Mobile phone-induced myocardial oxidative stress: protection by a novel antioxidant agent caffeic acid phenethyl ester.
Toxicol Ind Health. 2005 Oct;21(9):223-30. PMID: 16342473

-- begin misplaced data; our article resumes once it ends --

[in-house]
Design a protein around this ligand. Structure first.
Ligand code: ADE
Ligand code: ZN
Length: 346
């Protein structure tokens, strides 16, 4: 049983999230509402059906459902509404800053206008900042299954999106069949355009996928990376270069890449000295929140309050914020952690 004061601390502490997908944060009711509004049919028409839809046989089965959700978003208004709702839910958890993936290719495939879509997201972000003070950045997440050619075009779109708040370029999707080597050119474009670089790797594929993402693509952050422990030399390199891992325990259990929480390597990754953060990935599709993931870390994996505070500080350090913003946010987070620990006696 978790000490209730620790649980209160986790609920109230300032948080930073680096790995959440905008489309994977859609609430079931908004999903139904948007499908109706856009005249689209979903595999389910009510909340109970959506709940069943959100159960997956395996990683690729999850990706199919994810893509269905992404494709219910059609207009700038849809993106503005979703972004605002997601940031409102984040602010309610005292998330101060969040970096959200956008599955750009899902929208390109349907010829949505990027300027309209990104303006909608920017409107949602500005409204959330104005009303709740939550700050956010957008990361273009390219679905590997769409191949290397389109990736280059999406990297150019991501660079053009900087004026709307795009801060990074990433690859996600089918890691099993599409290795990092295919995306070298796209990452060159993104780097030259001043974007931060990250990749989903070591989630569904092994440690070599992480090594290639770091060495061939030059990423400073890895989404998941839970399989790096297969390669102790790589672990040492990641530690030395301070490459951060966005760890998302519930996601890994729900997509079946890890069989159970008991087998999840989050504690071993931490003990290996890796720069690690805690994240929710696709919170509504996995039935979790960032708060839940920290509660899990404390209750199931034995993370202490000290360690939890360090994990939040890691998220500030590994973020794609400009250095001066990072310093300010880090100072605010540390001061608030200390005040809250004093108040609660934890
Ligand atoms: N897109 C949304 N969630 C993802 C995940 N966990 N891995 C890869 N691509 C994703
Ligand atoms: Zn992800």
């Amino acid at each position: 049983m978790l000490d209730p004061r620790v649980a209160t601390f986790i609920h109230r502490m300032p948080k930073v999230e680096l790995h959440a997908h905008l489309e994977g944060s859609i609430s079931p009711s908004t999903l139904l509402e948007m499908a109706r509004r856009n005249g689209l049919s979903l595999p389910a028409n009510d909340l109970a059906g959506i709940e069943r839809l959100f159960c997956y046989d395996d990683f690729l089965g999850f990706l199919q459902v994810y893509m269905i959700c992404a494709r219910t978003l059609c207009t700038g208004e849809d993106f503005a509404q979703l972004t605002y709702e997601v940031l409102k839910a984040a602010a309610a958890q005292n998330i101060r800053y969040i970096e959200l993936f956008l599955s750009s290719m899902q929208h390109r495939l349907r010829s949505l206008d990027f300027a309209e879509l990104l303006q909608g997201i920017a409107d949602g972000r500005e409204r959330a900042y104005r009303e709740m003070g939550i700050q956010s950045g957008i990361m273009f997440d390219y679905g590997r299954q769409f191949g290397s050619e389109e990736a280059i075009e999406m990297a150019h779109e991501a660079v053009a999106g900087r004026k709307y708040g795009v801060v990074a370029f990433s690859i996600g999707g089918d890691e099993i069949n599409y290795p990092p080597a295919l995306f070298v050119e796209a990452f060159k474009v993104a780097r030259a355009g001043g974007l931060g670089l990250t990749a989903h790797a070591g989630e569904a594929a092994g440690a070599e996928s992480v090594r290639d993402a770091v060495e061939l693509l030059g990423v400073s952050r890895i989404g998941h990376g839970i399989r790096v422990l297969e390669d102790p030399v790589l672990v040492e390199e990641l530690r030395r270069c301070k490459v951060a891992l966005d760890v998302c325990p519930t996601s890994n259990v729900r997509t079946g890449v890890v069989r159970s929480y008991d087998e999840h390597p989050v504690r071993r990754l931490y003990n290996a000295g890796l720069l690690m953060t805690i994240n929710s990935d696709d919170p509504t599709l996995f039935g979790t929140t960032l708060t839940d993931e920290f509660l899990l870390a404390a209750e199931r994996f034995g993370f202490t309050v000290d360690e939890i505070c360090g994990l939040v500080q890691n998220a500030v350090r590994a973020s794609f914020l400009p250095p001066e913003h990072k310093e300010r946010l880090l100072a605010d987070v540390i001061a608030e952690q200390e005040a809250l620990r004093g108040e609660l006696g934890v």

Electromagnetic radiation (EMR) or radiofrequency fields of cellular mobile phones may affect biological systems by increasing free radicals, which appear mainly to enhance lipid peroxidation, and by changing the antioxidant defense systems of human tissues, thus leading to oxidative stress. Mobile phones are used in close proximity to the heart, therefore 900 MHz EMR emitting mobile phones may be absorbed by the heart. Caffeic acid phenethyl ester (CAPE), one of the major components of honeybee propolis, was recently found to be a potent free radical scavenger and antioxidant, and is used in folk medicine. The aim of this study was to examine 900 MHz mobile phone-induced oxidative stress that promotes production of reactive oxygen species (ROS) and the role of CAPE on myocardial tissue against possible oxidative damage in rats. Thirty rats were used in the study. Animals were randomly grouped as follows: sham-operated control group (N: 10) and experimental groups: (a) group II: 900 MHz EMR exposed group (N: 10); and (b) group III: 900 MHz EMR exposed+CAPE-treated group (N: 10). A 900 MHz EMR radiation was applied to groups II and III 30 min/day, for 10 days using an experimental exposure device. Malondialdehyde (MDA, an index of lipid peroxidation), and nitric oxide (NO, a marker of oxidative stress) were used as markers of oxidative stress-induced heart impairment. Superoxide dismutase (SOD), catalase (CAT), and glutathione peroxidase (GSH-Px) activities were studied to evaluate the changes of antioxidant status. In the EMR exposed group, while tissue MDA and NO levels increased, SOD, CAT and GSH-Px activities were reduced. CAPE treatment in group III reversed these effects. In this study, the increased levels of MDA and NO and the decreased levels of myocardial SOD, CAT and GSH-Px activities demonstrate the role of oxidative mechanisms in 900 MHz mobile phone-induced heart tissue damage, and CAPE, via its free radical scavenging and antioxidant properties, ameliorates oxidative heart injury. These results show that CAPE exhibits a protective effect on mobile phone-induced and free radical mediated oxidative heart impairment in rats.